As you state, when they have used a 6-man rotation in the past it was a temporary measure because they had 6 pitchers that needed to start at that time. This is far different than committing to a 6-man rotation for the full season where you need to have 6 pitchers that can be reasonably expected to give 25+ starts. Not impossible to plan for, just more money committed to the rotation versus other areas. This is where a supply of cheap starting pitching from the farm would negate a lot of the concern.

As far as the pitchers already on the team, the whole reason the Sox are looking for multiple starters is that most of those pitchers are not consistently good or healthy enough to hand starting roles to. I don't see how Whitlock/Houck/etc. are not good enough for a 5 man rotation but are good enough for a 6 man.

You are right it is not the biggest concern when it comes to signing Ohtani, but I think it is a significant one considering the Sox farm system.
 

shaggydog2000

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This is an interesting explanation. Is there any sort of reliable estimate on what the outside revenue looks like for Ohtani? Here is one but it sounds insane:

https://www.mlbtraderumors.com/2023/05/how-much-revenue-does-shohei-ohtani-actually-generate.html
That has nothing to do with money the team would make if they sign Ohtani though, it's more like the BS estimates they create when teams make a new stadium proposal and promise they will pay for themselves from including every single piece of economic activity that could possibly have to do with the stadium being built and used. As if people who traveled from Japan to the US and also caught an Angels game while they were here wouldn't have traveled somewhere anyway and spent money.
 

chrisfont9

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That has nothing to do with money the team would make if they sign Ohtani though, it's more like the BS estimates they create when teams make a new stadium proposal and promise they will pay for themselves from including every single piece of economic activity that could possibly have to do with the stadium being built and used. As if people who traveled from Japan to the US and also caught an Angels game while they were here wouldn't have traveled somewhere anyway and spent money.
Oh right, OK, I couldn't totally tell what they were talking about. And on further exploration I don't see any estimates of what his excess value means to the team, except for wags saying "he's worth $500m" and "he should get $70m a year".
 

RobertsSteal

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As you state, when they have used a 6-man rotation in the past it was a temporary measure because they had 6 pitchers that needed to start at that time. This is far different than committing to a 6-man rotation for the full season where you need to have 6 pitchers that can be reasonably expected to give 25+ starts. Not impossible to plan for, just more money committed to the rotation versus other areas. This is where a supply of cheap starting pitching from the farm would negate a lot of the concern.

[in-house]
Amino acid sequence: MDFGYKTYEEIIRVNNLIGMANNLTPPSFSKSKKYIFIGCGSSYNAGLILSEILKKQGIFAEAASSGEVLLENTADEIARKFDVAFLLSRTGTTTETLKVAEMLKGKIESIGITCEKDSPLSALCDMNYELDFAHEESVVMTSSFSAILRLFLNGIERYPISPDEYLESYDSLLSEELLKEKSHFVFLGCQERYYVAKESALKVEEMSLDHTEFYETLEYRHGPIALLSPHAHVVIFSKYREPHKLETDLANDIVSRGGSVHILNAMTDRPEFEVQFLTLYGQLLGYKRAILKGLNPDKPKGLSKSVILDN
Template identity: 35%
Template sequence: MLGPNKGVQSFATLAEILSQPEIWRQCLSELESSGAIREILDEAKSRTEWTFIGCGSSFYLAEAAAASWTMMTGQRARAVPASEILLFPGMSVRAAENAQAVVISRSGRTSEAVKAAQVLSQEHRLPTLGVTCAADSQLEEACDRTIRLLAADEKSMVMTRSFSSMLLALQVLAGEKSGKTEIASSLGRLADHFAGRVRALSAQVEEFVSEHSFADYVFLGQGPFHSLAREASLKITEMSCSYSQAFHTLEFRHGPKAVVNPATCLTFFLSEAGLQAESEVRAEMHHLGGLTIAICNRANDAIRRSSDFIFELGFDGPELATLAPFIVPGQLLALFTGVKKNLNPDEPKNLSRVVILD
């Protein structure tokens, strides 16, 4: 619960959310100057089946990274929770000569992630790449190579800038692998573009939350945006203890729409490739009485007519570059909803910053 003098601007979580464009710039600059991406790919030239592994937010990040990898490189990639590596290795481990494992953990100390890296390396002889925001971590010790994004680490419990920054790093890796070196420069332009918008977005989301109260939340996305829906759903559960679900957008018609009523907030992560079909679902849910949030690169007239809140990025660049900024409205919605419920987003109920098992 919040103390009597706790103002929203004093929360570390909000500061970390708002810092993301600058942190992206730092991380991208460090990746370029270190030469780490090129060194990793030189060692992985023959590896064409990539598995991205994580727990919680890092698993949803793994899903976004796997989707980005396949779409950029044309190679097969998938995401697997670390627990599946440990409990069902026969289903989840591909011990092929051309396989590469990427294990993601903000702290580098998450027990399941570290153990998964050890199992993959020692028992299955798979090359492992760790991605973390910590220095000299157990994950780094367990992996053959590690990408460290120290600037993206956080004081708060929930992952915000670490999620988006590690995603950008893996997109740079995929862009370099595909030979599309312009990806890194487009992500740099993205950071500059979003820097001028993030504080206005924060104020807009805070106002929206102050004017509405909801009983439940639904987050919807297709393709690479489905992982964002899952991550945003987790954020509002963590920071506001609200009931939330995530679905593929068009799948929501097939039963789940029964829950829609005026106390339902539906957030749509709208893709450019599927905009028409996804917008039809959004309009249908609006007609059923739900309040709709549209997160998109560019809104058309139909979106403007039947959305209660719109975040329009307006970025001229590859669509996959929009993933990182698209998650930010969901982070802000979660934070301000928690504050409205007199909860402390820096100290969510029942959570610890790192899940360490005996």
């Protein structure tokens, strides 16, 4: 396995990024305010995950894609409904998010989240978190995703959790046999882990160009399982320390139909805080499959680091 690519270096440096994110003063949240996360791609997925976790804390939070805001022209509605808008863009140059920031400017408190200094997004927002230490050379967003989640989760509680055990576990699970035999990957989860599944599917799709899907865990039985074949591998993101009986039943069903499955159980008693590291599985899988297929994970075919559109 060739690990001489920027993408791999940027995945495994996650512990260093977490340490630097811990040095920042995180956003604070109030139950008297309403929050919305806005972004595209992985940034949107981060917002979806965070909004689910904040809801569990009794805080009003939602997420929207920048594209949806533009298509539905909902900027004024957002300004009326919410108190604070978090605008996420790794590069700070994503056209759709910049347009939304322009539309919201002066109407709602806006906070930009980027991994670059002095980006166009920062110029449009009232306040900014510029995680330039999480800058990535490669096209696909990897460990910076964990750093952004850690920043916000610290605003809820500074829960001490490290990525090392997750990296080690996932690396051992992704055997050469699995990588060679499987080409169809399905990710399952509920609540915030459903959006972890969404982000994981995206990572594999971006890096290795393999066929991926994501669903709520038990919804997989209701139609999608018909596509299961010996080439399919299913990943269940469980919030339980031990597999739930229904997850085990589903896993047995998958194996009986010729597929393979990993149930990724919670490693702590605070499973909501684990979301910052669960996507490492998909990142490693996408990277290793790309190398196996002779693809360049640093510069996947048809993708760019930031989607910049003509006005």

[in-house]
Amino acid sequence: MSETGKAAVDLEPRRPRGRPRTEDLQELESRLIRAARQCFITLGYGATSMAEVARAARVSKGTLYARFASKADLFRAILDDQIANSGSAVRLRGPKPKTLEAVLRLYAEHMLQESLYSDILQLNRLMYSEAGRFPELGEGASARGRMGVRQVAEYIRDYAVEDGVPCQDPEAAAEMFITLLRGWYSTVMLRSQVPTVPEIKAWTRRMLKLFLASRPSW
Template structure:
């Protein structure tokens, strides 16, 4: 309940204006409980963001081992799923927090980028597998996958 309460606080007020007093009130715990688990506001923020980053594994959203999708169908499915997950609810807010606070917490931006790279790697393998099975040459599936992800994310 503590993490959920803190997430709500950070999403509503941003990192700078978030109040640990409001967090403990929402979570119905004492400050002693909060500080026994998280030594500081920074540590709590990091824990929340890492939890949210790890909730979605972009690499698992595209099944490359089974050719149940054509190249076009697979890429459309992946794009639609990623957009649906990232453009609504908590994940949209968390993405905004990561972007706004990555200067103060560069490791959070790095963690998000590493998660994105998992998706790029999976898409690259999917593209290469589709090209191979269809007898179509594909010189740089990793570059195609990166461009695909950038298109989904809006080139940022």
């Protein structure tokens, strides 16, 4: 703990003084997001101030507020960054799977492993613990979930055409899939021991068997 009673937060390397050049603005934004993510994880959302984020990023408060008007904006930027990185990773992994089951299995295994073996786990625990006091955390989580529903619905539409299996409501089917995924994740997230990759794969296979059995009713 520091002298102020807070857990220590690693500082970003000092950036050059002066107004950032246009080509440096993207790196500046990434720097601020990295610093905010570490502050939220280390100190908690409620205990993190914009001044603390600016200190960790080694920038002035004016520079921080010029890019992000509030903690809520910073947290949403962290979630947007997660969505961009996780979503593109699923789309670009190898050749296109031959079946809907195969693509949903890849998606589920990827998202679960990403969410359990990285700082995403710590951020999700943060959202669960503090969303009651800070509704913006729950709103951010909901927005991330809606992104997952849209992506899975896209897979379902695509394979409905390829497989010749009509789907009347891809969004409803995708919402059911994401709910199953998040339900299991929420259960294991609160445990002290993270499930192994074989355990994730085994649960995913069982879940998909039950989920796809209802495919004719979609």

[snip] I don't see how Whitlock/Houck/etc. are not good enough for a 5 man rotation but are good enough for a 6 man.
This has me wondering about something a bit off the wall.

For context, we’ve seen a shift in bullpen usage over the past 10 or so years to the point that starters pitch half the game now. And many of those “failed starters” have been repurposed as 1-2 inning relievers (lately even some going 3+ as swingmen/bulk guys). Many of those repurposed relievers have been revelations—picking up velocity and/or sharpening up a smaller repertoire of pitches.

Ok, this is the curiosity / potential next innovation. If a starter only had to go 25 starts per year because of a 6 man rotation, could we expect a similar uptick in performance as the “failed starters”? For the same 150 innings (30 starts @ 5 innings now), you’d get guys going 6 innings per start. That would reduce the load on the bullpen, right? So you could theoretically carry one less arm in the pen. And perhaps the starters benefit from / avoid injuries because of the extra day of rest between starts.

Forgive me if this has been debunked on the board already. Seemed like an interesting thought experiment in this slow news cycle, one that has relevance to a potential Ohtani strategy.

Smarter minds, please weigh in!
 

Tokyo Sox

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View: https://twitter.com/Buster_ESPN/status/1725593701009994168

Source: Pitcher Yoshinobu Yamamoto expected to be posted Monday. That means the 45-day negotiating window for MLB teams will start Tuesday
He's currently in the US for a physical, and will be officially posted once that's completed.

In the meantime, he's golfing with Tacchan:
https://redbirdrants.com/posts/yoshinobu-yamamoto-cardinals-lars-nootbaar-are-golfing-together-what-does-it-mean-01hfcrcvz3pn
Unfortunately for Cardinals fans, it's most likely that Nootbaar and Yamamoto are golfing in Southern California and not St. Louis. Nootbaar typically spends his offseason in the Los Angeles area, so if Yamamoto is there to meet with any Major League team, it's most likely the Dodgers who have expressed tremendous interest in acquiring the 25-year-old ace.
 

GPO Man

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As more of a casual fan than most here, I love the idea of signing Ohtani. Yes, it’s probably not the best use of resources for roster construction, but winning it all seems like such a crapshoot anyways and getting to root for the best player of all time for years and years would be super fun.
If you can a player like Ohtani, you get him. Figure everything else out after.
 

BaseballJones